EvilHRlady was kind enough to insert a quote of my post in her blog! It is important to tell the other side of the story of recruitment, the story of the disappointed and mislead candidate, the story of recruiters acting like mere salespeople, mostly interested in placement - nothing else. It is necessary to publish the the drawbacks, the downside of physician recruiters. Everybody should be aware of the criticism that is out there. Graduating residents and physicians in general looking for a job have to know how to best find a job, what techniques are available, how to network. They also should know what physicians recruiters can do and what they cannot do.
Nobody has published on the drawbacks of physician recruiters in an organized or systematic fashion. Some kind of balancing information has to show up if you google "physician job" and "physician job search". Information that comes from physicians, not from third parties. The view and the experiences of the job seeker has to be published. We need peer to peer information that cuts through the sales fluff on the Internet.
All you get if you Google your area of work and "find job" is hundreds and thousand of recruiter websites touting the same "advantages" of "fabulous" recruiters. If you look behind the curtain, you find that the "wizards of recruitment" are not quite what they claim.
They mostly turn out to be volume oriented sales people that add much less value to a job search than you expect.
Occasionally you read idealistic publications on what recruiters should be: the experts that know or sense or figure out just who is the right fit for a given job - and who know just how to find that particular person.
While that sounds very nice and reasonable - how can it be accomplished? How can a recruiter know the atmosphere, the intricacies, the issues of a particular job, practice or hospital? Even physicians that start working in a new job take 6 months to fully understand who has the power, who is nice and helpful, and who stabs you in the back. It takes months to find out what the personality of a practice or a hospital truly is.
Recruiters cannot, short of a miracle of clairvoyancy, find these things out with their usual tools. And their usual tools are: the 10-15 minute phone interview, a 10-15 point checklist and some common sense. As you well know, there is no defined professional training for recruiters, no exam, no degree. All you need is the ability to sell and the willingness to spend hours and hours on the phone.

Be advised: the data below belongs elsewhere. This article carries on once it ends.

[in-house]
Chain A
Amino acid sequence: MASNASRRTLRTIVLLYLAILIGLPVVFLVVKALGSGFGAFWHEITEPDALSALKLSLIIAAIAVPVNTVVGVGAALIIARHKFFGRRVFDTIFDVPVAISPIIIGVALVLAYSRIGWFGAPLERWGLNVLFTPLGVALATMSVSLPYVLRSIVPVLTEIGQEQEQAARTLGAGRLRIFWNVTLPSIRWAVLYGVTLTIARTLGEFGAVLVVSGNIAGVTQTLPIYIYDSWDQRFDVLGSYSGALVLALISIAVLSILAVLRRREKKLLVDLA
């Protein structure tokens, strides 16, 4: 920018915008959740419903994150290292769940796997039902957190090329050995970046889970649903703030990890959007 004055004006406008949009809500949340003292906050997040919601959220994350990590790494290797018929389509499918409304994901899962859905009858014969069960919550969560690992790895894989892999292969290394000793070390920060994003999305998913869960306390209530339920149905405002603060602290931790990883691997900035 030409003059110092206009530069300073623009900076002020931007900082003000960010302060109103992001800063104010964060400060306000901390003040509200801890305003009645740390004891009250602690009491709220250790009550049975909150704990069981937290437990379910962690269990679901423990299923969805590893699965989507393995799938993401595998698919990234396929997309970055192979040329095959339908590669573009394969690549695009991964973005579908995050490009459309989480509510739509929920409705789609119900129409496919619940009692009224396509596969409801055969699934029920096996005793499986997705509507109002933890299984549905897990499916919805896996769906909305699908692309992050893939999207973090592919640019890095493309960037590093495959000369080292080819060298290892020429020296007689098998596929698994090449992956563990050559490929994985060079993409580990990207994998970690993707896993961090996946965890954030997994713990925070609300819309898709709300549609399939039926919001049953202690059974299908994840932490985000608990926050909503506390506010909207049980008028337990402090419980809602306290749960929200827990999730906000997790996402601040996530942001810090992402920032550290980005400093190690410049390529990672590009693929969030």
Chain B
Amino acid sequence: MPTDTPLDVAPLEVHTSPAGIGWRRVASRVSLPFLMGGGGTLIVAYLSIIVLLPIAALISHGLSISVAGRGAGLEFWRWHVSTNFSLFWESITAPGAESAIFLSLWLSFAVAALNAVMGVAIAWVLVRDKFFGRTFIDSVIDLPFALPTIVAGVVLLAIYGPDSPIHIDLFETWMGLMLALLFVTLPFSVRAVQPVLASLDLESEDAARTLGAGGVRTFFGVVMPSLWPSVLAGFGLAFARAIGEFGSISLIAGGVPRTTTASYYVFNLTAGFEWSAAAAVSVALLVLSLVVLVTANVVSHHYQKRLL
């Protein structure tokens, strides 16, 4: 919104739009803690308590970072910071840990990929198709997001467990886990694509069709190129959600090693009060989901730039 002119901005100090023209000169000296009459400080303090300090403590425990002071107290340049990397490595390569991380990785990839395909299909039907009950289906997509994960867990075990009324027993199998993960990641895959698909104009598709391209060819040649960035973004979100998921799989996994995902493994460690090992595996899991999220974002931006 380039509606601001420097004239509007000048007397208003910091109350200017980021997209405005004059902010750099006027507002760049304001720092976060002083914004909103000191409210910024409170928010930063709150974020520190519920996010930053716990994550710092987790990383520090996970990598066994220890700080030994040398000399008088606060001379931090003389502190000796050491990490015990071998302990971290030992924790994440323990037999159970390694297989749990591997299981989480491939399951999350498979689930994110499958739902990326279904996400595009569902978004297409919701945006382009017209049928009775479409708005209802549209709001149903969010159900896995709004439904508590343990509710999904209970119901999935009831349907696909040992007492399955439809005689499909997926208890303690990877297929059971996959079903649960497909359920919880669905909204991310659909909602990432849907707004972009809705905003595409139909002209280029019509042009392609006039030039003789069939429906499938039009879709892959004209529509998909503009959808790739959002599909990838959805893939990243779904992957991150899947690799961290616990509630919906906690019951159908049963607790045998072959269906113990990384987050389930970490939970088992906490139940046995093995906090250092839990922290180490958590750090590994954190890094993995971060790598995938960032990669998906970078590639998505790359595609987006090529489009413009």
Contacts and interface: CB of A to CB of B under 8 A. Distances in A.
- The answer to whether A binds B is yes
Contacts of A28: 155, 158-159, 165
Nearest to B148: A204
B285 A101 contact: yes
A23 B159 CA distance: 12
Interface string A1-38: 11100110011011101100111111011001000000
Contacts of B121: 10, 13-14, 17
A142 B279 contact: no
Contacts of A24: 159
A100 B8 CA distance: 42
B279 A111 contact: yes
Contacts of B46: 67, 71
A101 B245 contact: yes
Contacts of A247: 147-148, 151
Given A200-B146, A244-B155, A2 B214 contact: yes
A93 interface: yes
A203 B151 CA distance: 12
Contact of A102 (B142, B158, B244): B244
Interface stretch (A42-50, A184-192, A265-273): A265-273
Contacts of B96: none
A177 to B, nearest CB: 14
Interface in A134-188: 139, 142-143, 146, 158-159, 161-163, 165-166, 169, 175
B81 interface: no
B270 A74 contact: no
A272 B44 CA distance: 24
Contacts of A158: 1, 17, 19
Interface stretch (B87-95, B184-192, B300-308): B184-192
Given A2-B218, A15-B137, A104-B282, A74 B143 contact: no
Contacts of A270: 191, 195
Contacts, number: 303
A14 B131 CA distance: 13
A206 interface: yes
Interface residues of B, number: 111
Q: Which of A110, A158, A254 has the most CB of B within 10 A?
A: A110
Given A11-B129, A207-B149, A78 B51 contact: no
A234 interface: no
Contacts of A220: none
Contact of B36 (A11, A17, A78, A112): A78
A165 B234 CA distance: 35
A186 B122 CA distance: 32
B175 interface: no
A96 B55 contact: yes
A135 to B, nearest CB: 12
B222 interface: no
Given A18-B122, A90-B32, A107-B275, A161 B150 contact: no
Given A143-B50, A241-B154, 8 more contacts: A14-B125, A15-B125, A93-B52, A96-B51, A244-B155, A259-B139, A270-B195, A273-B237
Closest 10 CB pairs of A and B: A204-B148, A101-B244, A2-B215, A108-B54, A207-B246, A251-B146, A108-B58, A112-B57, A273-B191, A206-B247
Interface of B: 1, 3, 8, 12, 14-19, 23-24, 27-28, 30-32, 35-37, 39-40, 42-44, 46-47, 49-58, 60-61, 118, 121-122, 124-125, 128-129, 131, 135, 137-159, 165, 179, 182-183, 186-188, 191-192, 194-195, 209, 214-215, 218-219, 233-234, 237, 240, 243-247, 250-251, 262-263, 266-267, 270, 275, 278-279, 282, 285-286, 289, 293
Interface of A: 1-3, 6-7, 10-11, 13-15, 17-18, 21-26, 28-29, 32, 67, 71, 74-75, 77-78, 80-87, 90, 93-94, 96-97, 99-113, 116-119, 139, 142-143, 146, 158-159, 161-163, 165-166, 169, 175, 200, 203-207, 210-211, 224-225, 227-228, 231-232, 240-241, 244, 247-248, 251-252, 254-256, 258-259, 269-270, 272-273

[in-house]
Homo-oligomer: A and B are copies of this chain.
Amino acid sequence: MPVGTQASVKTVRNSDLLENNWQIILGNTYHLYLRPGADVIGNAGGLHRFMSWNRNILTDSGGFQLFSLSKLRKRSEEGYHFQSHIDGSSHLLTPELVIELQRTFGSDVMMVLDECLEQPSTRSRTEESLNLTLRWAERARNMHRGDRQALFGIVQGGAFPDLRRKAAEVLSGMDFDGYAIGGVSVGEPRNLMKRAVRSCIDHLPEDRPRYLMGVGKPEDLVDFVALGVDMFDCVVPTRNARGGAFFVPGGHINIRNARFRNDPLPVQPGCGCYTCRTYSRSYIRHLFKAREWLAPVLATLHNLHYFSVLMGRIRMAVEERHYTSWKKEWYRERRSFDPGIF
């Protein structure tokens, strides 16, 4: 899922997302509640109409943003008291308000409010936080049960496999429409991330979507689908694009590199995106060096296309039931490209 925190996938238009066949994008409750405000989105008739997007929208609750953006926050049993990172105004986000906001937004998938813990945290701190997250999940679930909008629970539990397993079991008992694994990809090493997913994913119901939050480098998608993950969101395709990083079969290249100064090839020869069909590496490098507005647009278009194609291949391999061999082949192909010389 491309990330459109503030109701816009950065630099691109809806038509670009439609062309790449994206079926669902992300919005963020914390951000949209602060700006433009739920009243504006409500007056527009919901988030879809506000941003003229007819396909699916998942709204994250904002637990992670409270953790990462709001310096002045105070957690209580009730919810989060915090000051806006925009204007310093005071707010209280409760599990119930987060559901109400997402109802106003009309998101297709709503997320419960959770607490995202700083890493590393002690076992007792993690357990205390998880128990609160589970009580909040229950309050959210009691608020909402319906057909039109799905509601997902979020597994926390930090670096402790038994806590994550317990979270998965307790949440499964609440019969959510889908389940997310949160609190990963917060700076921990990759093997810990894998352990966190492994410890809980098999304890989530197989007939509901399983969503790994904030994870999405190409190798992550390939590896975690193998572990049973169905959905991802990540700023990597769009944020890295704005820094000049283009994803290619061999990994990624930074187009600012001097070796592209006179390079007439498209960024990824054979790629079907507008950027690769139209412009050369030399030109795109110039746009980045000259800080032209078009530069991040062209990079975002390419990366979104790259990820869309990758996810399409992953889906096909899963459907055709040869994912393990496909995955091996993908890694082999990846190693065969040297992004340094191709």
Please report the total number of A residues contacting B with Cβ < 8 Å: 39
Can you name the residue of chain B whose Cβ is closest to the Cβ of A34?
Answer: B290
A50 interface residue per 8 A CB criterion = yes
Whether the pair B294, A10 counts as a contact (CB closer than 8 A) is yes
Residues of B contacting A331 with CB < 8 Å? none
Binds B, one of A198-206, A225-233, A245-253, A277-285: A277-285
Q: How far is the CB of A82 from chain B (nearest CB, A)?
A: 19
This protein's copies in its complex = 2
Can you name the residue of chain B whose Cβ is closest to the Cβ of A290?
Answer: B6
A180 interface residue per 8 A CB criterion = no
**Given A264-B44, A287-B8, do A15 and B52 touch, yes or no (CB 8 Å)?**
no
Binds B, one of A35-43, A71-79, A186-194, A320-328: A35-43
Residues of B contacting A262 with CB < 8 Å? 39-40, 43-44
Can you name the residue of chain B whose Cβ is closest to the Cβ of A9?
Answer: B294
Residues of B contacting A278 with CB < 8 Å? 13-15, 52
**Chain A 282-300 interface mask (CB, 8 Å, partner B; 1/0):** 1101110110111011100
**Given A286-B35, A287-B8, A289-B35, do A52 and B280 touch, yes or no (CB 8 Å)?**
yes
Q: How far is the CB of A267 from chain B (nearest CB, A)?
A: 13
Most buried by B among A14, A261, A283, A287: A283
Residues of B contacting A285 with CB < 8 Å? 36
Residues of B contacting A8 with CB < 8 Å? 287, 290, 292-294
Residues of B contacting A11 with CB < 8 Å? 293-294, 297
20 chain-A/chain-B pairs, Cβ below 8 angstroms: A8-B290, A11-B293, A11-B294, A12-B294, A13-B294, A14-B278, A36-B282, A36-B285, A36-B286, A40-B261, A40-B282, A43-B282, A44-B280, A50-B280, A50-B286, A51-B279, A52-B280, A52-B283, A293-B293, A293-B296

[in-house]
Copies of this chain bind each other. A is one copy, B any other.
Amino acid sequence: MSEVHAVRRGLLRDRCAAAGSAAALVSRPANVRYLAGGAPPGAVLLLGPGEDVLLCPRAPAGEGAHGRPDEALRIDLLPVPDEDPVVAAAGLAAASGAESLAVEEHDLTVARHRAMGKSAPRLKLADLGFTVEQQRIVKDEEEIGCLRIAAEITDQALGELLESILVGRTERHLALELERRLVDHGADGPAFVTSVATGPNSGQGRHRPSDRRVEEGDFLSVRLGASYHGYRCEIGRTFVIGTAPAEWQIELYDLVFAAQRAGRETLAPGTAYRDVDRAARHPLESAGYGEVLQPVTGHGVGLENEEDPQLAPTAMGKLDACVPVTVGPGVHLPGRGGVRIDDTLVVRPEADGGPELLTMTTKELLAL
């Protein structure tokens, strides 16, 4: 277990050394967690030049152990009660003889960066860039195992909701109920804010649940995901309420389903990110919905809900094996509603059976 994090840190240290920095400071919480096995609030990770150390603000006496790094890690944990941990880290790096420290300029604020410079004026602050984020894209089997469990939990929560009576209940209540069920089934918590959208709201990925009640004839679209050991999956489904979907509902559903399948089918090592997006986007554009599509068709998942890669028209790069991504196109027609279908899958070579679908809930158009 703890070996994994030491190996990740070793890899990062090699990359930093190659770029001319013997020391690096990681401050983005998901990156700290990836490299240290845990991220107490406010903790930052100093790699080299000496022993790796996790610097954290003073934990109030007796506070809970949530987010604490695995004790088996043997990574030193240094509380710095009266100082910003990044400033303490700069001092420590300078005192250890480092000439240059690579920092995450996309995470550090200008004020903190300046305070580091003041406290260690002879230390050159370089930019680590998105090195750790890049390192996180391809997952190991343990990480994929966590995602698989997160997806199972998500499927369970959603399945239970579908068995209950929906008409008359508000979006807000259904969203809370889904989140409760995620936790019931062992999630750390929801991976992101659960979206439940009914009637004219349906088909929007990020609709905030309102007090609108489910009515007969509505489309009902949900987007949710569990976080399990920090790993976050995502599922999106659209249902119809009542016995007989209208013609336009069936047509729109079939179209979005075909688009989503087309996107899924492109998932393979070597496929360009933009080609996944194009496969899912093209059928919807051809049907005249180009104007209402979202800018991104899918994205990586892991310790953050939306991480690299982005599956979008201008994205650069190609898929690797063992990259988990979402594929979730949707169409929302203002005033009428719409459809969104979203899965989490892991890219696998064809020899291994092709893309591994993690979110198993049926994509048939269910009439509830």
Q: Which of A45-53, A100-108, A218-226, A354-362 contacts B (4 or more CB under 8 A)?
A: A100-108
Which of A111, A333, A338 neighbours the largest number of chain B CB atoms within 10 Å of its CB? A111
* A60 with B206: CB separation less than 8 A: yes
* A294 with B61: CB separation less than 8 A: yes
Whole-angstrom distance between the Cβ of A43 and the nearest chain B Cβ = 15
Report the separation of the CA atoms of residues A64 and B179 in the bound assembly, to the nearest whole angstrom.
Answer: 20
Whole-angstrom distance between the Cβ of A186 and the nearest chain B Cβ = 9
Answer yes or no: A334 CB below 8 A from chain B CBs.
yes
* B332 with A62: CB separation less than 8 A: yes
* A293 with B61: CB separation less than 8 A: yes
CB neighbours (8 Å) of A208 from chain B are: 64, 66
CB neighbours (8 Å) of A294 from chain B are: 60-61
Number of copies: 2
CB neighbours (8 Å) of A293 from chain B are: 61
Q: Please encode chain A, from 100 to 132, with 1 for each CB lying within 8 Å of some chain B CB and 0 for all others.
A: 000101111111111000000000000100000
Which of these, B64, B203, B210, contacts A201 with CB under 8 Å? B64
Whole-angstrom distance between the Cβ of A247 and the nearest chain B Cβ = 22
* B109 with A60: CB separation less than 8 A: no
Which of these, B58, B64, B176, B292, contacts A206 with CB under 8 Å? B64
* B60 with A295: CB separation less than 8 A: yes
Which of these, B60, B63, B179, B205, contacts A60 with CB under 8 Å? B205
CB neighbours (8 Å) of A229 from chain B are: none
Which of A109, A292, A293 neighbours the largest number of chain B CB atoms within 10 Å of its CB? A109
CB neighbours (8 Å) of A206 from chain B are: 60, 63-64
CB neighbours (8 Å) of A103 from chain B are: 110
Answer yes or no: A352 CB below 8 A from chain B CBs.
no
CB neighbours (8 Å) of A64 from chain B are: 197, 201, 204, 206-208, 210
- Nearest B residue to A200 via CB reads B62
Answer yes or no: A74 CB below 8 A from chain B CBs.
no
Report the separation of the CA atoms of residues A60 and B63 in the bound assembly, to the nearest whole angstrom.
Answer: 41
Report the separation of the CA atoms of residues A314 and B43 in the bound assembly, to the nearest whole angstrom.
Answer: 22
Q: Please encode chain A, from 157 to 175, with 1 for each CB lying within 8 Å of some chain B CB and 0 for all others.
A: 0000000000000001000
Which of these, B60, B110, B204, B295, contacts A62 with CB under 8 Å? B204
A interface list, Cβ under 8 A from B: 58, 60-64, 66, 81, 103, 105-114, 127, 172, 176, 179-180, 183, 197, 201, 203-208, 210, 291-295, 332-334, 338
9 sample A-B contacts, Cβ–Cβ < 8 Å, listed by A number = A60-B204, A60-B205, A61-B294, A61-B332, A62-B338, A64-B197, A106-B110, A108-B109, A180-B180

Hey, that, and a $200-2000 off-the-shelf software package and you are ready to go. Blackdog software even comes with prepackaged canned answers to most arguments that "hiring authorities" and "candidates" might have.
That is all you need to become a recruiter. Should you go for the long-term success, for building relationships, for adding value etc, your business will grow slow. Should you go for the "quick placement", your business will grow faster. Quick placement means: a maximum number of phone calls a day, since this process follows statistics, the more phone calls you make, the more viable cadidates you get, the more placements you make, the more you earn. You also should immediately drop candidates that may not be marketeable, since they are a waste of time. I have experienced this when mentioning that I wanted a job in "Boston inside the I 95 ring" - you are usually not called back, you just get on the general email recipient list, and from this point on you receive job offers from all over the US.
And, on top of all this, medicine turns out to be an area where recruiters might be unnecessary. Why? Because it is not hard to find doctors. It is much easier to find a doctor than to find a certain manager in the hierarchy of a large corporation. Doctors advertise, their names are published in many lists that can be purchased with a few clicks on the Net (InfoUSA.com). Doctors do not hide, they are easy to find, they want to be found. You do not need any special knowledge or tools or help to find them
All a physician looking for a job has to do is get a list of doctors in their chosen area and send all of them a letter. Click here for a detailed description. Done. Response will be 1-2%. Send out 500 letters, you will get 5-10 phonecalls - very good ones usually. And with this method you uncover all the never advertised jobs, you tap the "hidden job market". You will find more positions than you thought possible.
Direct mail works extremely well! Why else would the NAPR, the National Association of Physician Recruiters, regularly do massive direct mail campaigns?
I highly recommend direct mail in addition to personal networking as a winning job search strategy for physicians. Direct mail and networking is all you will ever need!
Direct mail and networking is all a physician needs to find the best jobs!